Have you ever noticed that when you’re struggling, you start to distance yourself for others? When you’re in pain, when life feels hard, you push away. Your brain convinces you that no one really understands, that no one else is having a hard time.
You might distance yourself physically, by isolating, withdrawing, or not returning phone calls. Or you might do this cognitively, thinking “I’m the only one who struggles like this” or “Everyone else has life figured out.” When you’re struggling, all sorts of doubt and insecurity creeps up. But this simple phrase will absolutely help. It’s one of my favorites, and I use it daily in my own life. Watch below!
When you’re struggling, it’s natural to distance yourself from others. This is a natural defense mechanism. It’s your brains attempt to keep you safe from judgment. Remember, your brain is wired to avoid pain. While this wiring was created with physical pain in mind, as humans have evolved, this avoidance of pain has been translated to emotional pain as well.
So when you’re struggling, your brain anticipates judgement from others. It predicts ridicule and rejection. And to avoid that pain, it pulls away from others. Your brain thinks isolating is helpful, but in reality, it makes you feel worse. Tara Brach captures this cycle beautifully. “Feeling unworthy goes hand in hand with feeling separate from others, separate from life. If we are defective, how can we possibly belong? It seems like a vicious cycle: the more deficient we feel, the more separate and vulnerable we feel.”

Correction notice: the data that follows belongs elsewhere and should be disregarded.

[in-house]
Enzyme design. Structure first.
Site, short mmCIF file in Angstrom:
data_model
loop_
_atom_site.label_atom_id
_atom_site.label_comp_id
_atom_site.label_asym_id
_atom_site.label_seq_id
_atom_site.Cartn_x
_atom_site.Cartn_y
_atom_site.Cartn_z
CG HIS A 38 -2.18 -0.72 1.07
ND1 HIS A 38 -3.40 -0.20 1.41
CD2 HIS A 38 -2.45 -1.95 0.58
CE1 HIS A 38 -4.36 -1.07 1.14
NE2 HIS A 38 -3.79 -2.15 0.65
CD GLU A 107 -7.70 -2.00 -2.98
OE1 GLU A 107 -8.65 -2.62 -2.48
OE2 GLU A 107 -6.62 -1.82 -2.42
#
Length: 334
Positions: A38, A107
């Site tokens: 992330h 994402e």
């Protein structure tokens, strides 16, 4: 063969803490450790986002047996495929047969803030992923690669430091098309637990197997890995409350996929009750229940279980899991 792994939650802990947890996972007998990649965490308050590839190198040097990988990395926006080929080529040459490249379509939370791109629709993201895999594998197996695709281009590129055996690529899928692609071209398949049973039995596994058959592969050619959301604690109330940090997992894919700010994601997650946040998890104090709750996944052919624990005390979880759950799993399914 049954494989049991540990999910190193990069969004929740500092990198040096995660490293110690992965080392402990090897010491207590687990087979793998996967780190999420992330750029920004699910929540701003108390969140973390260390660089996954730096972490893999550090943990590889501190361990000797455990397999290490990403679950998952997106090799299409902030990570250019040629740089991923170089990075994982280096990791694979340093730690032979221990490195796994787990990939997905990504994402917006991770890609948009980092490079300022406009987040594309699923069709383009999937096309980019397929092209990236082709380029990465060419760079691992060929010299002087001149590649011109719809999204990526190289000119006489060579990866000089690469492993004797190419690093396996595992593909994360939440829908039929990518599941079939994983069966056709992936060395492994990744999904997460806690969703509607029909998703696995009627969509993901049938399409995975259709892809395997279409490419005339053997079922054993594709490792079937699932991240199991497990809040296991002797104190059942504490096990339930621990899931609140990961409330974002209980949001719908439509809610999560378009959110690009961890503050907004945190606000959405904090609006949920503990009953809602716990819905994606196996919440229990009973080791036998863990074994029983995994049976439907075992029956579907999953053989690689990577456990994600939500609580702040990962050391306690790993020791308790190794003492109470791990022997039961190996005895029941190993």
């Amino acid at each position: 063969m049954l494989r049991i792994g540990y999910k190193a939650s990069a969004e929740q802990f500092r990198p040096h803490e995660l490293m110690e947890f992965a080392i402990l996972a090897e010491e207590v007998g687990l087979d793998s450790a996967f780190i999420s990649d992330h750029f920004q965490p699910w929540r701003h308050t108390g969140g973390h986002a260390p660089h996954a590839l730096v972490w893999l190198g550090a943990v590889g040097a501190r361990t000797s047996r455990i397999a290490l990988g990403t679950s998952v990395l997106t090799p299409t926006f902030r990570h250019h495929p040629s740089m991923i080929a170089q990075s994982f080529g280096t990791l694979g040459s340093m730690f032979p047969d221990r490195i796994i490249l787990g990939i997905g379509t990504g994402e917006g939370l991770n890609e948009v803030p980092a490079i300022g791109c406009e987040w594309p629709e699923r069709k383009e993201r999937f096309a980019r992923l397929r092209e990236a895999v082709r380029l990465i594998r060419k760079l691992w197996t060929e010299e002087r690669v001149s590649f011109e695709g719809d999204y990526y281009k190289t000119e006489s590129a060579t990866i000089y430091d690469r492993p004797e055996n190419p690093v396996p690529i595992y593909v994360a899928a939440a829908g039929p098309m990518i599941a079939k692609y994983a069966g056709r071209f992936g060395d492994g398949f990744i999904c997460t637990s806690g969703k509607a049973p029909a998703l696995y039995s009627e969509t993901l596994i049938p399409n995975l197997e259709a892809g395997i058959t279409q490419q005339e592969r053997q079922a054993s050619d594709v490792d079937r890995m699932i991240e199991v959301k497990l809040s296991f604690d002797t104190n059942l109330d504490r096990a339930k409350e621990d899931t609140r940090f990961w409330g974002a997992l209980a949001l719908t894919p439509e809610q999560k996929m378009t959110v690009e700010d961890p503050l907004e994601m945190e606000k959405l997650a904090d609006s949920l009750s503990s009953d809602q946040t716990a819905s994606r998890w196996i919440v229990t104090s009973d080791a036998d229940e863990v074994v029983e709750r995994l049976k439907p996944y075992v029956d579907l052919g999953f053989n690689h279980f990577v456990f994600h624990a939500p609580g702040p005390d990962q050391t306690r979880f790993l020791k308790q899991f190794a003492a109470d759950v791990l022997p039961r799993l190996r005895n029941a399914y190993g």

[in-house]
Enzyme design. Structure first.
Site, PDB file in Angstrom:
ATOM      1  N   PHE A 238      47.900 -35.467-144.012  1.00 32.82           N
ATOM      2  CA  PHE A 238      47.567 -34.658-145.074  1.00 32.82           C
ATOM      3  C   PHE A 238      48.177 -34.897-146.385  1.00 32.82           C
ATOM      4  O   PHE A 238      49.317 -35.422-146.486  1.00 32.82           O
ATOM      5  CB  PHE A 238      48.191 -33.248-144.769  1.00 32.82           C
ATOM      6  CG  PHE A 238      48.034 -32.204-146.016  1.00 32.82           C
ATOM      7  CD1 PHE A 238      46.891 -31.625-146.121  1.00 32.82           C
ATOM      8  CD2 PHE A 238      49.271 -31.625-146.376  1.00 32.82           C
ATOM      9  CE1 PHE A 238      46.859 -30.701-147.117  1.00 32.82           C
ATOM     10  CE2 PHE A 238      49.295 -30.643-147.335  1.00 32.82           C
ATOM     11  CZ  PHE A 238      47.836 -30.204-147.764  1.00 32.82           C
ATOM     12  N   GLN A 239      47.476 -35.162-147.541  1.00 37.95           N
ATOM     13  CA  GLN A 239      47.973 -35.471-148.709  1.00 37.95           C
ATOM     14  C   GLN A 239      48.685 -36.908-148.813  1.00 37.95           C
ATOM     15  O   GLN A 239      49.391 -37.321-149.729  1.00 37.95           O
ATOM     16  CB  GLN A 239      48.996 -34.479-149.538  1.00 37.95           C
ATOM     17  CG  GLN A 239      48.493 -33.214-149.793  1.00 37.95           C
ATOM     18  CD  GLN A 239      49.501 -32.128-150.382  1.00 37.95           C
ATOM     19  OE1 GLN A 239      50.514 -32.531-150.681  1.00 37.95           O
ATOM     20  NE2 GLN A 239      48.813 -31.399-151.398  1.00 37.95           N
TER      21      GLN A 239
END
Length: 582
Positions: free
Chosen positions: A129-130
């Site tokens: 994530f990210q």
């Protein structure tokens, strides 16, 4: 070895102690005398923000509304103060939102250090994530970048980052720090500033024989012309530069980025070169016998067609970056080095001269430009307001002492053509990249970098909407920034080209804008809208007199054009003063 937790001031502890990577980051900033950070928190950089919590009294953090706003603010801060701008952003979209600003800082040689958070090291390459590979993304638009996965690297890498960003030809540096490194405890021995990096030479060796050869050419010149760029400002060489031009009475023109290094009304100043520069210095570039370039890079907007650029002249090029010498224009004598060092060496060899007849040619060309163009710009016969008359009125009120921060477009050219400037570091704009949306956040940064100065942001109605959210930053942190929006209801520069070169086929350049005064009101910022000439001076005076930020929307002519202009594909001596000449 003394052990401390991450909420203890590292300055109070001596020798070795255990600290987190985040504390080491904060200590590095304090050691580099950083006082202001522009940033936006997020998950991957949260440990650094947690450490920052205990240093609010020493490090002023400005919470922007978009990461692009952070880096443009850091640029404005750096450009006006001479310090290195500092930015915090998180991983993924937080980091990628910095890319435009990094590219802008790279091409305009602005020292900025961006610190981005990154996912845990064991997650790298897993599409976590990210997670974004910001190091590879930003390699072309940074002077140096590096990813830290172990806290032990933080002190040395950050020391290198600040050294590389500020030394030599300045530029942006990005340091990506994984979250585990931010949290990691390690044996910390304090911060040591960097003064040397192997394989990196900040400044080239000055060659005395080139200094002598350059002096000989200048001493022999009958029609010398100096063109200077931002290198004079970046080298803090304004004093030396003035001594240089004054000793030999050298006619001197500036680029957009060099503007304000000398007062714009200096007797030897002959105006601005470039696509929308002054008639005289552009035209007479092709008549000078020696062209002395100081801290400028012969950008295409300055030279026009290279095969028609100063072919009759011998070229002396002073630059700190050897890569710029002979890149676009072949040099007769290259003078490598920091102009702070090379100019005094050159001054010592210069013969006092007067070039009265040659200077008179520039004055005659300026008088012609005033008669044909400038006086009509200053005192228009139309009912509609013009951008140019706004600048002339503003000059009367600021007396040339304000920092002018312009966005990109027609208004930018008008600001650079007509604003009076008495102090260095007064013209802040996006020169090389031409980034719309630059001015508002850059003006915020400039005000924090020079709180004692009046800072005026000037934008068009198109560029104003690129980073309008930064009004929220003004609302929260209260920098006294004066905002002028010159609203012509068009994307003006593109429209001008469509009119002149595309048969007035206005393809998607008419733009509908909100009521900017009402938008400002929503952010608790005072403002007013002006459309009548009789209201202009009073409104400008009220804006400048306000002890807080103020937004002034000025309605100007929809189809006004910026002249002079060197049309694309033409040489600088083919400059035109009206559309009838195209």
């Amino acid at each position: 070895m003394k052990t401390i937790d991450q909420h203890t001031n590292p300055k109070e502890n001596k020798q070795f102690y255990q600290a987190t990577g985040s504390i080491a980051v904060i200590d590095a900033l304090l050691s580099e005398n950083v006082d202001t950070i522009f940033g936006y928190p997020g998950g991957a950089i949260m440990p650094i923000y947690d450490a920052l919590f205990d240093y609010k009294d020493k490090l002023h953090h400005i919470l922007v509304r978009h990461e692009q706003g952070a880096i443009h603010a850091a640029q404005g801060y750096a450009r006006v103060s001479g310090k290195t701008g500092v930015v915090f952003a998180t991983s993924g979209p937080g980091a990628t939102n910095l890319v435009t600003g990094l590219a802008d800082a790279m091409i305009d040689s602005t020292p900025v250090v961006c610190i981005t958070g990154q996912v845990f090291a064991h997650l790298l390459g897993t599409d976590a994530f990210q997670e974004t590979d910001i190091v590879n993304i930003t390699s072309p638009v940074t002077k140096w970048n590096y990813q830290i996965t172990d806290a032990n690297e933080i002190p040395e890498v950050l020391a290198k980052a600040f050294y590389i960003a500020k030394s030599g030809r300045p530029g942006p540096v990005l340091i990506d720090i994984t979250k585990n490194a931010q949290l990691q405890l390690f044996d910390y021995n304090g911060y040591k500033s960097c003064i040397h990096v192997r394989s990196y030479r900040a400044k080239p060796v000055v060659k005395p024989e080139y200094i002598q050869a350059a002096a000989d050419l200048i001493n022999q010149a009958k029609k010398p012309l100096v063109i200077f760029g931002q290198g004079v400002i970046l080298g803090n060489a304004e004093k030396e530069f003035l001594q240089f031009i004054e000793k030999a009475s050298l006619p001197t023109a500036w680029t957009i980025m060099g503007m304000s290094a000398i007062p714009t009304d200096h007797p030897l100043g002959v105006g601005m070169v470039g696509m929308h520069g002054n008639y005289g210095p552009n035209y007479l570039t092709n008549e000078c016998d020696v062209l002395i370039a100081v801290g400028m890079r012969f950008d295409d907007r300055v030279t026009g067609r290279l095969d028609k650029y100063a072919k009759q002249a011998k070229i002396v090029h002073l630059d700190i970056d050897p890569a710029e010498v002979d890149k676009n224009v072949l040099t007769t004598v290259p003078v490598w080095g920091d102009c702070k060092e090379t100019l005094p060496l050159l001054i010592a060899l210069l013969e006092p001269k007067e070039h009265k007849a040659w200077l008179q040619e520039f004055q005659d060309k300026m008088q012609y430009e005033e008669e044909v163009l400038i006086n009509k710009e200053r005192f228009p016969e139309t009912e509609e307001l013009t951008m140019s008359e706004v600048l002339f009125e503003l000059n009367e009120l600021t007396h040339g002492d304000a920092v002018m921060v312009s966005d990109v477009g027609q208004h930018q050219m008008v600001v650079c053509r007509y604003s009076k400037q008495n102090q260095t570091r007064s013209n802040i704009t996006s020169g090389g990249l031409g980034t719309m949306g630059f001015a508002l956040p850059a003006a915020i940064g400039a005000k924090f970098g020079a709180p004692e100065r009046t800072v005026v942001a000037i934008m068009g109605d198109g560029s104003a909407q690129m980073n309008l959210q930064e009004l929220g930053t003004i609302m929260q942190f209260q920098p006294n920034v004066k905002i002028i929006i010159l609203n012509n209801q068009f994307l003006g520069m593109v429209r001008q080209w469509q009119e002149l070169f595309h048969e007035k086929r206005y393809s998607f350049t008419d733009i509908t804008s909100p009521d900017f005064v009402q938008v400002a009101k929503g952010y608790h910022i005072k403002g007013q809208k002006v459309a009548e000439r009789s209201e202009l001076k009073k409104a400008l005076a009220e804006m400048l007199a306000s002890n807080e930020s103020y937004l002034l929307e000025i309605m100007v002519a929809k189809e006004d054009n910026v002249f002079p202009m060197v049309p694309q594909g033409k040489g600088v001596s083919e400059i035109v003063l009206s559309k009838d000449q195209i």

So when you’re struggling, you’ve got to challenge your brain’s natural defense mechanism. You’ve got to speak up, reminding your brain of what is true. One of the most helpful phrases to do this?
“I’m a human.” (Sidenote: If you choose to follow this helpful tip for self-talk, you might instead say, “You’re a human,” speaking in second person as way to grab your brain’s attention.)
It sounds so simple, and in some ways, it is. But this simple phrase shouldn’t be minimized. It makes a dramatic difference when you’re struggling. Part of being a human is struggling. While we all have different struggles and challenges, we share one very basic thing. We all struggle. It’s not just you. It’s me, it’s you, it’s your best friend, and it’s your boss. Everyone struggles. It’s part of being human.
When you’re struggling, this phrase isn’t intended to take away your pain or make things instantly better. It’s meant to challenge the little voice in your head saying, “It just me. I’m broken; I’m different and defective.”
I’ve shared before about the concept of self-compassion, an evidence-based approach to dealing with a wide variety of issues. One of the components of self-compassion is common humanity, which is a recognition of the universal nature of struggle. We all experience it; we all feel it.
So when you’re struggling, be active in comforting yourself. Acknowledge your pain. Use your coping statements. Be compassionate, and remind yourself that you’re a human.